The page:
Raising A Reader is a 501c3 charitable organization dedicated to helping families develop, practice and maintain literacy habits for children ages 0-8 that are critical for a child’s success in school and in life. The program is evidence-based, with more than 32 independent evaluations showing that Raising A Reader significantly improves language and literacy skills, cognitive development, communication and comprehension skills, school readiness and social competence. Raising A Reader is implemented through a network of community partners that comprise more than 2,500 locations across the country including public school systems, libraries, afterschool programs, community agencies and other organizations both public and private. Headquartered in Redwood City, California, Raising A Reader was founded in 1999 and has served more than 1.25 million families nationwide. More information is available at RaisingAReader.org, @RARnational (Twitter) and RaisingAReaderNational (Facebook).

3

Kill Your Darlings

Posted on September 20, 2013 by Hanna Lim

I have a friend who is a talented writer, and every time I talk to her, I learn something new. The other day, we were talking and she asked me if I'd ever heard the phrase, "kill your darlings." Apparently, it's a phrase used by journalists, who often have a great idea for a piece or a fabulous opening that may turn out to be tangential or simply not a good fit. Instead of being married to said idea or concept, journalists are taught to "kill their darlings" - don’t use it, and get over it.

I began to think that I, as a parent, sometimes need to "kill my darlings." Don't get me wrong, I know my children can drive me crazy at times, but that's not what I mean. I know I'm not alone when I say that I do my best to be the perfect mother and my husband, the ultimate father. To that end, we tend to hold onto these notions of what ideal parenting looks like. We get distraught over missed naps, feel guilty about unhealthy meals, struggle to maintain discipline, etc. We get so much advice, read so many parenting tips, and witness other seemingly perfect children and do everything in our power to parent that way. BUT sometimes what's right for one family or what we hope to do and achieve as parents is simply not a good fit. Moving forward, I have vowed to "kill my darlings" and get over it. I hope you will consider the same. I'm thinking [and hoping] that it is going to make parenting a LOT less stressful.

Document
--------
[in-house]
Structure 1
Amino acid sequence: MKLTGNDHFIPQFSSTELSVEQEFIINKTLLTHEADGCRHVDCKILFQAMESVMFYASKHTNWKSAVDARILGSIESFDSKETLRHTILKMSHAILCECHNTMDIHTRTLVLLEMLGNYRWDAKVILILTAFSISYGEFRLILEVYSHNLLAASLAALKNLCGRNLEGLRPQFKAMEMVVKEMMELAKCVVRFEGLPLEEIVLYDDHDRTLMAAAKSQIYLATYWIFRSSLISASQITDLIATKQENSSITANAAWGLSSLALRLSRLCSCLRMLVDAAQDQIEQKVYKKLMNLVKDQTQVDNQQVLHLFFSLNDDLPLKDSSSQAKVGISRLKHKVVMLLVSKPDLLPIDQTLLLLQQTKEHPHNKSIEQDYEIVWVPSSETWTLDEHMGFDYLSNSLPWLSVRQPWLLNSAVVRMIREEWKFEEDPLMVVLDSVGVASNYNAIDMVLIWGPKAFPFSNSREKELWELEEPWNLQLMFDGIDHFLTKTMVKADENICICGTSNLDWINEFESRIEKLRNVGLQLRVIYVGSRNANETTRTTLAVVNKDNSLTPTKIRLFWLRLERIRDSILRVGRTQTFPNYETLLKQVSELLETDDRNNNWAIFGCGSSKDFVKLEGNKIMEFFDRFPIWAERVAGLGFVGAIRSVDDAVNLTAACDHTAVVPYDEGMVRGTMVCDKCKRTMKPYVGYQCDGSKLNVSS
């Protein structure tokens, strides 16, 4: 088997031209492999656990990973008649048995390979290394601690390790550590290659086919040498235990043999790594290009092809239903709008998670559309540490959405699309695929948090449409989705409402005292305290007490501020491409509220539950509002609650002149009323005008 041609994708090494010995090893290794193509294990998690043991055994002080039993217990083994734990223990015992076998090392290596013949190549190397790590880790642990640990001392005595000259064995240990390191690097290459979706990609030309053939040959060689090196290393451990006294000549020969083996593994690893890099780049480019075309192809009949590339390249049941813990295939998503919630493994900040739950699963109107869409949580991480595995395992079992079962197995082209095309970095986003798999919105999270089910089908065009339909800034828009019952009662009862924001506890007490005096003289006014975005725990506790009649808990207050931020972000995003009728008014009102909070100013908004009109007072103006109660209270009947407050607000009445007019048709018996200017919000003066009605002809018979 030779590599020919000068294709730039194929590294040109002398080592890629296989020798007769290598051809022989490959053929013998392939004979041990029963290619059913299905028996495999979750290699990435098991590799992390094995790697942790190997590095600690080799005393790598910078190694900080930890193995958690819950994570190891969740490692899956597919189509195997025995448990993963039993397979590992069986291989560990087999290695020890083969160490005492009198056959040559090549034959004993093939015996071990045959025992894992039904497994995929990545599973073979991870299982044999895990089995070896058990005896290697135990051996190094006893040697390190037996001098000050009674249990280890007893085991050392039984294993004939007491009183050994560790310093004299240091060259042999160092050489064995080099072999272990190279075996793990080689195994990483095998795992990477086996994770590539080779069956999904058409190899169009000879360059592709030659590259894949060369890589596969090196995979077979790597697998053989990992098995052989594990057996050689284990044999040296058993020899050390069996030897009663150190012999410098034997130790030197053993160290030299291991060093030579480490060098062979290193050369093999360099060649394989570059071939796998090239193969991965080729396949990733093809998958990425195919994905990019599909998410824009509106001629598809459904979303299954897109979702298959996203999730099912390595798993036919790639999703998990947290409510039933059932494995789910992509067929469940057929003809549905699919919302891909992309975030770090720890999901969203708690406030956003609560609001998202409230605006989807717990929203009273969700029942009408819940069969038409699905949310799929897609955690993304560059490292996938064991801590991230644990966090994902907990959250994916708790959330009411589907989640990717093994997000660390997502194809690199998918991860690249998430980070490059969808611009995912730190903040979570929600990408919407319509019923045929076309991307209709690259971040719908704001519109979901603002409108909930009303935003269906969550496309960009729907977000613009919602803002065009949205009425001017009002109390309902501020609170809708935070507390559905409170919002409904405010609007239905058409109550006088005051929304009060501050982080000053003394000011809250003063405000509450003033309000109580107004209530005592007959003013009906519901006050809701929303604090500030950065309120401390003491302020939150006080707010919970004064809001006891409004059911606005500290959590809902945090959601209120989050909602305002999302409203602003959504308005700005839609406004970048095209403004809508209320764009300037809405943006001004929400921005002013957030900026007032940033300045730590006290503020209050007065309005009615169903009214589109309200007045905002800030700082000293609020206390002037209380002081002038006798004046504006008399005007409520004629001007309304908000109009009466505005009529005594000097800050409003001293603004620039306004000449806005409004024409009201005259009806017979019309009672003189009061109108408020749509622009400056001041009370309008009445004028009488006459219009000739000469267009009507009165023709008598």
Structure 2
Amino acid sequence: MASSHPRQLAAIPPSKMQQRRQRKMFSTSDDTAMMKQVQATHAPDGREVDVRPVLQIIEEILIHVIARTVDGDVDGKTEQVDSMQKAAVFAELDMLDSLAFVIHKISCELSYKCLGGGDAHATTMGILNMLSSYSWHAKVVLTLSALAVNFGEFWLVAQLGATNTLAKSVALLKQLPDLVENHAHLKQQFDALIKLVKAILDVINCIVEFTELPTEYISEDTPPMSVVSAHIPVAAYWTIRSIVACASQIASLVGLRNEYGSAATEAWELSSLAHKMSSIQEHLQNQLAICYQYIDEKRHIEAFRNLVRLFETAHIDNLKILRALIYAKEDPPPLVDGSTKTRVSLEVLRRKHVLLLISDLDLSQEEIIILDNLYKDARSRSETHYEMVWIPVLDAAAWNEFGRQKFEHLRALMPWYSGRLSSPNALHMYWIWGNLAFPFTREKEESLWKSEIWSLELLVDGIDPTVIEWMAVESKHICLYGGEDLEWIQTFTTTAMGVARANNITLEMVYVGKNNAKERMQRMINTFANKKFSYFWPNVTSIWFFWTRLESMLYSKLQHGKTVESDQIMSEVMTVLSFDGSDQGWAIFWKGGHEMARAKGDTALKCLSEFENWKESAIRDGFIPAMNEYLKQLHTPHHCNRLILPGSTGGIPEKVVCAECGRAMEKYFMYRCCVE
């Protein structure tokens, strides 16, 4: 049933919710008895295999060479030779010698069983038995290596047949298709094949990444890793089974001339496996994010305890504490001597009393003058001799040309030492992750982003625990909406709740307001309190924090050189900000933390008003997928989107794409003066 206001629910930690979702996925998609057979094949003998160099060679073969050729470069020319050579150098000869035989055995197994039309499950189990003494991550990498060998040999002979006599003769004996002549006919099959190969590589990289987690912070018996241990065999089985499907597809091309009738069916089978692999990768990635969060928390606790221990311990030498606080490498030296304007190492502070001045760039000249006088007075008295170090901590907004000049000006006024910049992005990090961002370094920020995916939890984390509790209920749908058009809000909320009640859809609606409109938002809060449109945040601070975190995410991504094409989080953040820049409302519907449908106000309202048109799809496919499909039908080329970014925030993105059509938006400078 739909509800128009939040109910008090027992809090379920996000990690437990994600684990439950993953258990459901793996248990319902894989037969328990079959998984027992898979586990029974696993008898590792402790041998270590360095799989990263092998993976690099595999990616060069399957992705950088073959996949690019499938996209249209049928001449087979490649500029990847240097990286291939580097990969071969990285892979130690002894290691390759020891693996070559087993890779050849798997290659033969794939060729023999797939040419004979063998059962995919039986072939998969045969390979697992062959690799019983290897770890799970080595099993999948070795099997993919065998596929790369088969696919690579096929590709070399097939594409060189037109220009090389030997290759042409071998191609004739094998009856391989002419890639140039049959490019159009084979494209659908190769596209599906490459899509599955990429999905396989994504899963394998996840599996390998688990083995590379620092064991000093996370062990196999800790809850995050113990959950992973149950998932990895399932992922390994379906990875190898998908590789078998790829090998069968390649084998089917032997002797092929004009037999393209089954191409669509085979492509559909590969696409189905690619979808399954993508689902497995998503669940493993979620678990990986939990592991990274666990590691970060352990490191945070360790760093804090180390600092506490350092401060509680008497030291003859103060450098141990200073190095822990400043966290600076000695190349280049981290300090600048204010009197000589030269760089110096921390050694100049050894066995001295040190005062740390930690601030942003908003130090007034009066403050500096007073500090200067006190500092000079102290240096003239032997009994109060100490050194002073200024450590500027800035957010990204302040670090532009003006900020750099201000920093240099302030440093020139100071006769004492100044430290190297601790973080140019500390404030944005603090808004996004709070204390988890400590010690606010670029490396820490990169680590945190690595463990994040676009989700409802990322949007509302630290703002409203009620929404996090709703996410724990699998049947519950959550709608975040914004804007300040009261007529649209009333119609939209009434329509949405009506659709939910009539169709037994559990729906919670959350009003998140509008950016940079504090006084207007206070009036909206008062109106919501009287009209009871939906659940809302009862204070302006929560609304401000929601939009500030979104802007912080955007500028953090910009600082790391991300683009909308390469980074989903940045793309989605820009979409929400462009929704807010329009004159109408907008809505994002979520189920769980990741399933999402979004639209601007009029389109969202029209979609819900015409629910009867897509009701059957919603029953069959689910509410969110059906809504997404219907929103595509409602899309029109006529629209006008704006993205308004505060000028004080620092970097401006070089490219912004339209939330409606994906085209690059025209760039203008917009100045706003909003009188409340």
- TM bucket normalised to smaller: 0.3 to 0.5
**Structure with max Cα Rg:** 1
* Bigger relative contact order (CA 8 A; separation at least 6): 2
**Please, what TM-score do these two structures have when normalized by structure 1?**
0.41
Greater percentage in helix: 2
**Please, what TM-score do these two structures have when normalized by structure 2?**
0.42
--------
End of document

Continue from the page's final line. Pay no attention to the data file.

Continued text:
I don't know about you, but every afternoon I find myself thinking, "how is it already time to prepare dinner?"  I just gave the kids an afternoon snack and now I'm already worrying about dinner!  Well, I am a big fan of quick and tasty dinners, and this is one of my kids' favorites.  I love that there are only a handful of ingredients, it's quick and easy to prepare, and it makes my kids devour peas.  What more could you ask for in a meal?

  • 16 ounces of pasta (I prefer linguine)
  • 8 ounces pancetta, diced (I like these Pancetta cubes I get at Trader Joe's)
  • 1/2 onion, chopped
  • 1 (10-ounce) bag frozen peas
  • 2 cloves garlic, minced
  • 1/4 cup grated Parmesan
  • Salt and freshly ground black pepper
  • 1/2 lemon, juiced (I've made this without lemon juice and it's fine, but the acidity gives it a nice little touch)
  1. Cook pasta in salted water (before you drain the pasta, be sure to save a cup of the pasta water for later - this is key!)
  2. Saute pancetta in a large saucepan over medium-high heat until golden and crisp.
  3. Transfer to a paper towel-lined plate.
  4. In the same pan, saute onions until soft and translucent.
  5. Add peas and garlic and saute for 3 minutes.
  6. Stir in Parmesan, pasta and pancetta.
  7. Moisten pasta with some of the reserved pasta water.
  8. Toss to incorporate, season with salt and pepper, if necessary, and serve, sprinkled with lemon juice.

You can find the original/full recipe on foodnetwork.com.  Enjoy!